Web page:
HTML Headings

HTML headings, defined using <h1> to <h6> tags, structure content on a web page by defining headings and subheadings. Here’s an example of an HTML heading:


<h1>This is a Heading 1</h1>
  • Headings are block-level elements, meaning they start on a new line and create a distinct block of content.
  • They have different default font sizes and weights to visually distinguish them from regular paragraphs.
  • HTML offers six heading levels, from <h1> (largest) to <h6> (smallest), each with decreasing importance and font sizes.
  • <h1> is typically used for the main title of a page or section, while <h2> to <h6> are used for subheadings and subsections.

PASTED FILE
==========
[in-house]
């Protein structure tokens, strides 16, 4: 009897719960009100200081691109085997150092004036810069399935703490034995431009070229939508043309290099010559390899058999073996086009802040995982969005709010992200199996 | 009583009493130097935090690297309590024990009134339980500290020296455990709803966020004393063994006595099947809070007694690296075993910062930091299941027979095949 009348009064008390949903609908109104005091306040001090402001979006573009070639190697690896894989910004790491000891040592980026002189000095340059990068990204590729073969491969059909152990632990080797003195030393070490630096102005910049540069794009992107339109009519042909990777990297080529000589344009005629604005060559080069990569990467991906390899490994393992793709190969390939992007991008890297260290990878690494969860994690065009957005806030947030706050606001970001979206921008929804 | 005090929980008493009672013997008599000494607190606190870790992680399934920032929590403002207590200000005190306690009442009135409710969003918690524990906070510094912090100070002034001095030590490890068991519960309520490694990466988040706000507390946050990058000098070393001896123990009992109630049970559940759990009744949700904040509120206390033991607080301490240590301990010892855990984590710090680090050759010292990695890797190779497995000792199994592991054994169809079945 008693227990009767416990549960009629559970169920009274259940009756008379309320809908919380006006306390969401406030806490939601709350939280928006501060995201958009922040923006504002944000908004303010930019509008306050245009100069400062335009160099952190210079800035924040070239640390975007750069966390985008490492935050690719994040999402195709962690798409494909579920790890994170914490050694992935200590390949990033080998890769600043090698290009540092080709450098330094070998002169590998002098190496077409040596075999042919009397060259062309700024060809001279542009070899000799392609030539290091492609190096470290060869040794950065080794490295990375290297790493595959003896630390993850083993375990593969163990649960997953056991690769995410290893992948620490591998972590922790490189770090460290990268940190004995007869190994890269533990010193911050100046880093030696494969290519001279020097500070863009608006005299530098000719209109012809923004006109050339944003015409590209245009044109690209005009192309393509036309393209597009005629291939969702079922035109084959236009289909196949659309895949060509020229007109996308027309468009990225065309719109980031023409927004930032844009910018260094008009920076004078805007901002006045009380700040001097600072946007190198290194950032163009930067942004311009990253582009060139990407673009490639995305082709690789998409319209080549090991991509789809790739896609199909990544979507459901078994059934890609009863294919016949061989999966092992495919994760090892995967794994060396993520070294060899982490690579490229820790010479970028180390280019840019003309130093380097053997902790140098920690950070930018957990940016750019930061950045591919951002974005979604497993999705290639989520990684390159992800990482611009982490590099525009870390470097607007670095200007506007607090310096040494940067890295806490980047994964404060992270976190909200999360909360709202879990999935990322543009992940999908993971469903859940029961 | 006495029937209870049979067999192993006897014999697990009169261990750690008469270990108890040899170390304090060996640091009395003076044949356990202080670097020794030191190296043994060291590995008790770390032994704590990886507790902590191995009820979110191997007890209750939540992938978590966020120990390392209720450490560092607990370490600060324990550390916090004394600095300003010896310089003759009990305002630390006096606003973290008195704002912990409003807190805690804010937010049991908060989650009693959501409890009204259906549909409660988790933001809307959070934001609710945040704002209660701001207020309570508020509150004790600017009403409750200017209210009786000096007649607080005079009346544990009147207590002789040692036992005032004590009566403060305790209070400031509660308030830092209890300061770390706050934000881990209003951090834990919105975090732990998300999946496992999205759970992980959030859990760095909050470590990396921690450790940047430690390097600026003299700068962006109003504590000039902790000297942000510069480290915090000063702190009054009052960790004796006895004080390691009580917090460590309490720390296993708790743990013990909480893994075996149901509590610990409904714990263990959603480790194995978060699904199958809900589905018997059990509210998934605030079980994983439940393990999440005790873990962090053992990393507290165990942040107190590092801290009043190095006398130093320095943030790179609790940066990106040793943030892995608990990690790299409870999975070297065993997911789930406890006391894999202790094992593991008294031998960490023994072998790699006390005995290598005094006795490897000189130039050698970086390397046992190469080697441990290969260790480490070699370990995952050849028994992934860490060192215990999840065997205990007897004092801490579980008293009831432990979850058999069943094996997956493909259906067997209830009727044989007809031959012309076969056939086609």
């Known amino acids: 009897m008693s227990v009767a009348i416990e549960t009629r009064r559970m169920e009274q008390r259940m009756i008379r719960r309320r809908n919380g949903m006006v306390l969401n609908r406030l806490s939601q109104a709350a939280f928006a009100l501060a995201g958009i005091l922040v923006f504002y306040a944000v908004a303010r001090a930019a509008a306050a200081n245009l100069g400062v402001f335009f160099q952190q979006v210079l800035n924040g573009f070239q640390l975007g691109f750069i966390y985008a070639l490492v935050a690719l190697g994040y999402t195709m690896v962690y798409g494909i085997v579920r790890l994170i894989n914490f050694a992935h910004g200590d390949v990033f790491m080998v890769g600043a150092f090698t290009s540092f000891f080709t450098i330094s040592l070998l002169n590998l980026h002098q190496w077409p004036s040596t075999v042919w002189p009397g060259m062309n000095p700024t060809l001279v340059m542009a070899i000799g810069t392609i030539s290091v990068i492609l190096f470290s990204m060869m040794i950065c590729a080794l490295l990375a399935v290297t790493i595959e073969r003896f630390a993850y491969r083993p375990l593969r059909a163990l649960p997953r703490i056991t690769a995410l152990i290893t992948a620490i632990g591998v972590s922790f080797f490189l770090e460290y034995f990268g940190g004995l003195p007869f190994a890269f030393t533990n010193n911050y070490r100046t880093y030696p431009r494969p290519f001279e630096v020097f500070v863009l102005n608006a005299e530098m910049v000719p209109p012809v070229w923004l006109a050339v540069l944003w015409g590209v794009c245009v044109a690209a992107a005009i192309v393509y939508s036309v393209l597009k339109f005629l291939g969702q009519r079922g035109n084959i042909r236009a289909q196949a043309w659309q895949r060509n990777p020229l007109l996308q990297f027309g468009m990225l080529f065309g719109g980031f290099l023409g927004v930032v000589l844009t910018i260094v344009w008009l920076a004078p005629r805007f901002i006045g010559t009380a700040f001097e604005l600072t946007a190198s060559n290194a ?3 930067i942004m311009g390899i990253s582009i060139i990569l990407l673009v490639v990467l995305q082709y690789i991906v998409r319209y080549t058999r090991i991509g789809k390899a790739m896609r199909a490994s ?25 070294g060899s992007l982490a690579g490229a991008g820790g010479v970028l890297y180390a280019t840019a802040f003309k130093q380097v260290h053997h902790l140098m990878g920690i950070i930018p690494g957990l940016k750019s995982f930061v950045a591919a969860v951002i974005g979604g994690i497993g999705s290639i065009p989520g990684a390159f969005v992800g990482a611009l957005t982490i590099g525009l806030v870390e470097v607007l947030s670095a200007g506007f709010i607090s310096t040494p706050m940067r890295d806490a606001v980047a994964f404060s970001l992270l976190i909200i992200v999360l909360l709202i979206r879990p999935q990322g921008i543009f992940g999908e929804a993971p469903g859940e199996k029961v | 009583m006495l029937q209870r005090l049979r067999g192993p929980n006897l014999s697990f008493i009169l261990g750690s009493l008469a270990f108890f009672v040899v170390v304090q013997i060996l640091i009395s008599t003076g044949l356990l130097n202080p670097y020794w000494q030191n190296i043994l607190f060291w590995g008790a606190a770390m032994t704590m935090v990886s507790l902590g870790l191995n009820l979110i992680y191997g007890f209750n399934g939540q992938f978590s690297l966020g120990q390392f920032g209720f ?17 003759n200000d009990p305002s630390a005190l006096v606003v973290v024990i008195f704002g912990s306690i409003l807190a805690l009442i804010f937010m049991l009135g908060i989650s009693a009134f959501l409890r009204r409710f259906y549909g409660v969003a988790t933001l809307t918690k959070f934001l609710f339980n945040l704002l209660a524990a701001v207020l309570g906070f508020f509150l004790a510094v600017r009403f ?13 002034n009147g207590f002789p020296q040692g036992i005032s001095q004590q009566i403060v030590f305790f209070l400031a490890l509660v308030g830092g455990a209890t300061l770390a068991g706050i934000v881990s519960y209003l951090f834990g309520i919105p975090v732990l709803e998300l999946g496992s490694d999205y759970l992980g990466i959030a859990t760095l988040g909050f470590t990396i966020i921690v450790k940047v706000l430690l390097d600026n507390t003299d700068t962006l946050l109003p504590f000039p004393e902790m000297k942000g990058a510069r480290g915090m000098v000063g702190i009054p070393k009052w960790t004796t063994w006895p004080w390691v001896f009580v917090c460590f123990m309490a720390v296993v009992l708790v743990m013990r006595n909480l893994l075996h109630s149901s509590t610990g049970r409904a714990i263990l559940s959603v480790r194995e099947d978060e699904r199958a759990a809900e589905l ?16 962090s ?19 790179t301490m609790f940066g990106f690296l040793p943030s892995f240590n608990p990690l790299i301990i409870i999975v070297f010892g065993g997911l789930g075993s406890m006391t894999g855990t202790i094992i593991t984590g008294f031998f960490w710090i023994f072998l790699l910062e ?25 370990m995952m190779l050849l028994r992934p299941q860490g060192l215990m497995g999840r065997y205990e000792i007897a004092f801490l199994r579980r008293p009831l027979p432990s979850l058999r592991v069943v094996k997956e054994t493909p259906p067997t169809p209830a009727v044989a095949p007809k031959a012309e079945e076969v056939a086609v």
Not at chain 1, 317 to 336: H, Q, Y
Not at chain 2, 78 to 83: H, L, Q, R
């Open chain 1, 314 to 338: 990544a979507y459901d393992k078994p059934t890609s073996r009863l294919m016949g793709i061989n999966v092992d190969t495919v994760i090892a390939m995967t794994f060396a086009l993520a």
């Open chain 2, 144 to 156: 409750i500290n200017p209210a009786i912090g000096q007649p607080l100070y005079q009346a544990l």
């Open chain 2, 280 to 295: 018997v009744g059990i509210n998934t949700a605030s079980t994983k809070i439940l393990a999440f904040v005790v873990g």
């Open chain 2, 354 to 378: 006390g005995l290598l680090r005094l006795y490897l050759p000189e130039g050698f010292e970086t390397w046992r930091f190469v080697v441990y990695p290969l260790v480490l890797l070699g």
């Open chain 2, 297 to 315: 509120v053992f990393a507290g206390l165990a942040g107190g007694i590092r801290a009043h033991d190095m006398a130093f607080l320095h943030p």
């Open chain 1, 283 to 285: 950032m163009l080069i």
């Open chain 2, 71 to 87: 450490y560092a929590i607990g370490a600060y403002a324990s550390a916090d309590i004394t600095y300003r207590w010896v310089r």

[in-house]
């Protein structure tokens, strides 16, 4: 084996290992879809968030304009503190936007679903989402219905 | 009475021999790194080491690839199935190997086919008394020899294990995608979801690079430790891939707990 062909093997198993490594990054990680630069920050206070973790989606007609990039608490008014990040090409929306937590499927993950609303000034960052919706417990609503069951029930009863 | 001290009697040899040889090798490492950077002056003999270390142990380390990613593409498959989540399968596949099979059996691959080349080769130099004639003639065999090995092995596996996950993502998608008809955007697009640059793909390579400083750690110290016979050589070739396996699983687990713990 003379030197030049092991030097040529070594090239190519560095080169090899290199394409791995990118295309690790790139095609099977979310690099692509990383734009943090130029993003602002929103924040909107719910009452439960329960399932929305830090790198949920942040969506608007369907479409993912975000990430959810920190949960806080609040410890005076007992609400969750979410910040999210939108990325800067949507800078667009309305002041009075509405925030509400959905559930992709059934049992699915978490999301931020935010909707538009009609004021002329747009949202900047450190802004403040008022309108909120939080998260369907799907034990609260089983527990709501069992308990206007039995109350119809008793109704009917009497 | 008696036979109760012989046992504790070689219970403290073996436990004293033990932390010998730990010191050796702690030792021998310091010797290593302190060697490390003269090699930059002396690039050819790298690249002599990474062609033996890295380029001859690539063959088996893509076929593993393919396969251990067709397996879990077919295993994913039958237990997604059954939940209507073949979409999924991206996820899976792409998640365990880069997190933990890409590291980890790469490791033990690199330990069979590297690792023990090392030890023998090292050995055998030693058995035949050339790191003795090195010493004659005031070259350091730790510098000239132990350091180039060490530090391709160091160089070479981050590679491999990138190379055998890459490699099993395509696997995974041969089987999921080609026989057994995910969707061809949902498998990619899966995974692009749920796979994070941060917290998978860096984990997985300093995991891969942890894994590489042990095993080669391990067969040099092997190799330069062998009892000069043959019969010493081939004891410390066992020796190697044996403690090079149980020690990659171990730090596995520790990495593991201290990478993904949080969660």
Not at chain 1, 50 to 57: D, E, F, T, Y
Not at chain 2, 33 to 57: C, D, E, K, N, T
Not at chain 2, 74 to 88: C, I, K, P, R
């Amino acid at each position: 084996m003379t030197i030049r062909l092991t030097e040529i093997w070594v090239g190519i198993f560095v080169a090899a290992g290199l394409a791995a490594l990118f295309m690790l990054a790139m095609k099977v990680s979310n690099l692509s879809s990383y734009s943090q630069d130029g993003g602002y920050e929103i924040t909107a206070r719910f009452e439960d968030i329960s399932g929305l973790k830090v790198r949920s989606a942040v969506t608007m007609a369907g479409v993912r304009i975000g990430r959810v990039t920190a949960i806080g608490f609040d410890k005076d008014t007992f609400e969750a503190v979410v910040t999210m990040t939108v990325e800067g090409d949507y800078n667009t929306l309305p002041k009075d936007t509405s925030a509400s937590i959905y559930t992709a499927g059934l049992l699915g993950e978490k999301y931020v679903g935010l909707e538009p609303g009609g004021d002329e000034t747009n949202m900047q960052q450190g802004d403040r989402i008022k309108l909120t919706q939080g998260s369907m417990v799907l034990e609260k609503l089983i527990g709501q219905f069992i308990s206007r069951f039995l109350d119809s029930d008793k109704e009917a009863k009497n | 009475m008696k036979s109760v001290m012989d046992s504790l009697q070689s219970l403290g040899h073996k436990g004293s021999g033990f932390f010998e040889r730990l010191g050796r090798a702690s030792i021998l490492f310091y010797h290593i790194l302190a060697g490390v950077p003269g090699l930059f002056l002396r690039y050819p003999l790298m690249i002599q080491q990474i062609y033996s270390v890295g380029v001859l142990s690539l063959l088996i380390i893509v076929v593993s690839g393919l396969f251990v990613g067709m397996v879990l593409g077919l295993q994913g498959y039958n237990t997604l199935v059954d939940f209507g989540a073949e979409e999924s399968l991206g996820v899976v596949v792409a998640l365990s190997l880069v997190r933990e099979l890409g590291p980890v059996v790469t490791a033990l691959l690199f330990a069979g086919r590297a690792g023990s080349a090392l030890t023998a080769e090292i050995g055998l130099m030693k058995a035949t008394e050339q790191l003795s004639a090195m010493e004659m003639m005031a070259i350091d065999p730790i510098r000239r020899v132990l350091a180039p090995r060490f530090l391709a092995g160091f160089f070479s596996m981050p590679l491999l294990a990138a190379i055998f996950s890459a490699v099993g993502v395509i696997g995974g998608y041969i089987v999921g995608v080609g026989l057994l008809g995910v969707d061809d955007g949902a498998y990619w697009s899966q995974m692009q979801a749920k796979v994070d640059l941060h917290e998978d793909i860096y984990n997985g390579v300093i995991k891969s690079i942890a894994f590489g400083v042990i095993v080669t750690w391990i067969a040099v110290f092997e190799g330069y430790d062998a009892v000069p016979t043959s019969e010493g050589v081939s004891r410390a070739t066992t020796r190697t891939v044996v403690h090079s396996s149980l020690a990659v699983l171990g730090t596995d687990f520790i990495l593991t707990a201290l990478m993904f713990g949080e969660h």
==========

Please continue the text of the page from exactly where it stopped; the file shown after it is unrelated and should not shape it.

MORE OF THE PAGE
<h1>Main Page Title</h1>
<h2>Section 1 Heading</h2>
<p>Paragraph text within section 1.</p>
<h3>Subsection 1.1 Heading</h3>
<p>More paragraph text.</p>
  • Information hierarchy: Headings create a clear structure and organization for the content, helping users understand the main topics and flow of information.
  • Readability: They break up text into visually distinct sections, making it easier to scan and read.
  • Accessibility: Screen readers and assistive technologies use headings to navigate and understand the content effectively.
  • SEO: Search engines use headings to understand the structure and topics of web pages, potentially influencing rankings.

Best Practices:

  • Use headings logically and consistently to create a clear content structure.
  • Use <h1> only once per page for the main title.
  • Use heading levels in order of importance (don’t skip levels).
  • Consider accessibility guidelines for heading usage.